1. I will be talking about poker today as part of a larger discussion on water level. Just skip the next paragraph if you have no interest in poker or its jargon. I am a lousy poker player. 1
I like to chase flushes and outside straight draws even when I don’t have the pot odds to justify either, and I like to raise out of position with junk cards (think 3/8 off suit) on the off chance that I get a few callers and make a great hand on the flop. I often convince myself that the fold equity on raising with these hands is great enough to offset the overwhelming likelihood that they can’t win a showdown, but having looked at my outcomes playing these hands over the long term (reviewing hand histories is a must if you want to make any money playing poker) they are losing money propositions.
With that said, for much of my life I have been a winning money poker player. I covered the cost of much of my 1st semester in grad school playing the game, 2. Spending 30+ hours a week playing poker my first semester in business school came with some cost academically. I was ultimately faced with the choice of committing to school full time or committing to poker full time. I actually (seriously) considered dropping out of school to play poker. In hindsight I’m glad I didn’t… the ROIC over the long term wouldn’t have been there. …This is a fun story for another day.and would like to think I could have made even more if I hadn’t had to quit. 2
Again though… as I said I am not very good player. I wasn’t even very good when I was making money playing. Instead, I benefited from being in the small minority of online players at the time who understood basic probability, had the patience to play (mostly) the right way over thousands of hands, and had the discipline to consistently analyze hand histories to get better.
This brings me to water level – which is a topic I’ve been meaning to tackle for a while (I very briefly talked about it a while back).
3. Perhaps most of all in his book “The Signal and the Noise: Why So Many Predictions Fail-but Some Don’t.”Nate Silver talks about water level a lot 3, but the basic principle is that if you’re good at something that adds value in a space that most people haven’t identified yet then there is a huge opportunity to make money by carving out a market niche.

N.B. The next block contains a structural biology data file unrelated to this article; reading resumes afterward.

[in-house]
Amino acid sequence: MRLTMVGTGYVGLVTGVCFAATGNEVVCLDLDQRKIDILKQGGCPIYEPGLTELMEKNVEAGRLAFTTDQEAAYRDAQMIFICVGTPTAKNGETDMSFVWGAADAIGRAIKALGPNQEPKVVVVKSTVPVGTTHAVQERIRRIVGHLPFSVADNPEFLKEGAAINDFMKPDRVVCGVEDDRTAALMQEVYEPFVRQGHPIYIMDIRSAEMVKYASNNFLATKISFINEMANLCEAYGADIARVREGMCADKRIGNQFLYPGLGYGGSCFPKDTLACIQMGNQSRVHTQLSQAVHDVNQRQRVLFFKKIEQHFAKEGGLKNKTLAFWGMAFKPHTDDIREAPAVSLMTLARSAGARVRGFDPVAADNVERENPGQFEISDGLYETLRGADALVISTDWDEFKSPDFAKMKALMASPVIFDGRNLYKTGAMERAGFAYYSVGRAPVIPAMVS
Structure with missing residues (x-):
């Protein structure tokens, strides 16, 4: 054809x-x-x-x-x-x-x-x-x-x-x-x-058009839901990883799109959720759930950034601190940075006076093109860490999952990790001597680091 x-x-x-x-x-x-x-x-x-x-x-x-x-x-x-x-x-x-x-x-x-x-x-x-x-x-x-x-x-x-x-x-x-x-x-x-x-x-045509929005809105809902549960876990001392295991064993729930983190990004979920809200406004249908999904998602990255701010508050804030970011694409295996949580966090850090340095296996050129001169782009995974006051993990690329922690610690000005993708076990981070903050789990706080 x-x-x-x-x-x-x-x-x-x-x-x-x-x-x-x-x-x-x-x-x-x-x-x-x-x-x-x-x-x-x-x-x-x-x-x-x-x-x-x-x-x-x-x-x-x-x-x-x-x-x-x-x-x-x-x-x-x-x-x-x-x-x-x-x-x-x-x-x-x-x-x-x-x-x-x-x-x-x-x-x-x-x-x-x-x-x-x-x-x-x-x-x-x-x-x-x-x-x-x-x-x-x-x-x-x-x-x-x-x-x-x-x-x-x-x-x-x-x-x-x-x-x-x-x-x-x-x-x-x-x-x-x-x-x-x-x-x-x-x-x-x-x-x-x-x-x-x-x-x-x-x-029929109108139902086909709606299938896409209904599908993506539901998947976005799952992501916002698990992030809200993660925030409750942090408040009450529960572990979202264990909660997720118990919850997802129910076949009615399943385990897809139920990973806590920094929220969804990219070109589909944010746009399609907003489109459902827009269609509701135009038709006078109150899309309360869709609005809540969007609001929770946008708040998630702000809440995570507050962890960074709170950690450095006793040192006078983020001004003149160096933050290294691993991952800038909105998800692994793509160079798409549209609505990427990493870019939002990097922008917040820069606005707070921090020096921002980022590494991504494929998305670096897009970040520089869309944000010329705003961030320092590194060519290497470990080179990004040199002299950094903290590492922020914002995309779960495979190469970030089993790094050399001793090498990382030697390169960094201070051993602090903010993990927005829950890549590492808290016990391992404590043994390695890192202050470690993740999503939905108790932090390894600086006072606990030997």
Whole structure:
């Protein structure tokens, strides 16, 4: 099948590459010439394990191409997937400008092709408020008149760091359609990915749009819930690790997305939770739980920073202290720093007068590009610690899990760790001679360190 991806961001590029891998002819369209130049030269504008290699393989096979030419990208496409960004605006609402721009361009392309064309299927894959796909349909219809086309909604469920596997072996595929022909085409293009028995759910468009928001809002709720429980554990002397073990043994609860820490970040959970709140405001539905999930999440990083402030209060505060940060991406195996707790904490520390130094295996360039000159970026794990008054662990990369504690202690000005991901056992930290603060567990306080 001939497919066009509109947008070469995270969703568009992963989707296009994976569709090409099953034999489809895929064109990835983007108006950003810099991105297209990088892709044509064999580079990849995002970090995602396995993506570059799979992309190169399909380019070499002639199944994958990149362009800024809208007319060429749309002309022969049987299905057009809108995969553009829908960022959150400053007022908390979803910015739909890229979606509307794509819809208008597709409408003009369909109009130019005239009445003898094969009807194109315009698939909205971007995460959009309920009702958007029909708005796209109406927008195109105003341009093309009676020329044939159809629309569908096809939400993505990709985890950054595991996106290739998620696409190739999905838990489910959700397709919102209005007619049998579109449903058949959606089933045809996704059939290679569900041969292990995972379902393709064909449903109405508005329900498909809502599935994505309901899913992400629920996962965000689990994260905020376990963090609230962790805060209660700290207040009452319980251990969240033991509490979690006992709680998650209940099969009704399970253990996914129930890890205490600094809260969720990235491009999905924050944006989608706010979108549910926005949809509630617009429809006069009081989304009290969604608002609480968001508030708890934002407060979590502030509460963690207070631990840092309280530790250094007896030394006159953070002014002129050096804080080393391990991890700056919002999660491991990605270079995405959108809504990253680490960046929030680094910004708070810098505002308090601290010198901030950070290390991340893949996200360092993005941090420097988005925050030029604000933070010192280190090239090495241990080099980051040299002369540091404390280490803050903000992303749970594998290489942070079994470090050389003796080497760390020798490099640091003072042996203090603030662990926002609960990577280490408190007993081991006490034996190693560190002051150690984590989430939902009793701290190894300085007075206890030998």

Put another way: A mathematician/statistician might do very well for himself in Finance/Trading/Data Science, but he/she will do even better by identifying a space where his/her skills 4. To this point, when HR figures out the value of the data they have at their fingertips (and how to analyze it) the level of value the function provides to the business is going to increase dramatically.add tremendous value but aren’t widely utilized. 4
This brings me to HR – and specifically who we should be recruiting into it.
Marissa Mayer piqued my interest a few months back when she selected her CHRO from the ranks of a private equity firm. I thought this was a good move since it brought someone with a strong business background into a function that historically hasn’t had much of it. The water level was low.
To be fair, bringing a non-HR person into HR isn’t an exceptionally novel idea. Companies often select their CHRO/SVP of HR from within a business unit/more quant heavy space (as opposed to hiring a lifelong HR person) and surround that person with HR subject matter experts to compensate for the CHRO’s lack of HR background.
Larger point: HR has long been a no man’s land in many respects. The people that join the function either fall into it, or else they enter the function by choice and have very “HR” skills (i.e. they’re good with people/are extroverts, and are competent at developing work/process flows to complete critical transactional/administrative tasks).
I’m of the thinking that the function would benefit from an infusion of talent from quantitative heavy support functions (finance/accounting/risk etc.) or the commercial/operations sides of their respective businesses.
The challenge comes in developing a comp structure that attracts that talent into HR. If an organization only pays an employee based on the role that they’re in (as opposed to the potential value they bring to the table) then it’s tough to attract cross-functional talent into the HR space (HR often isn’t as well compensated as other support functions – let alone commercial and operations groups).
…It’s also worth noting that to say “Non-HR people should lead HR” is to trivialize the depth of subject matter expertise that lifelong HR professionals bring to the table. A better option might be to cross train a certain percentage of the HR population in key business roles over time, making them more valuable contributors as they continue to climb the ranks internally.
Of course, I don’t have all the answers here.
What do you think?
Please share your thoughts below.
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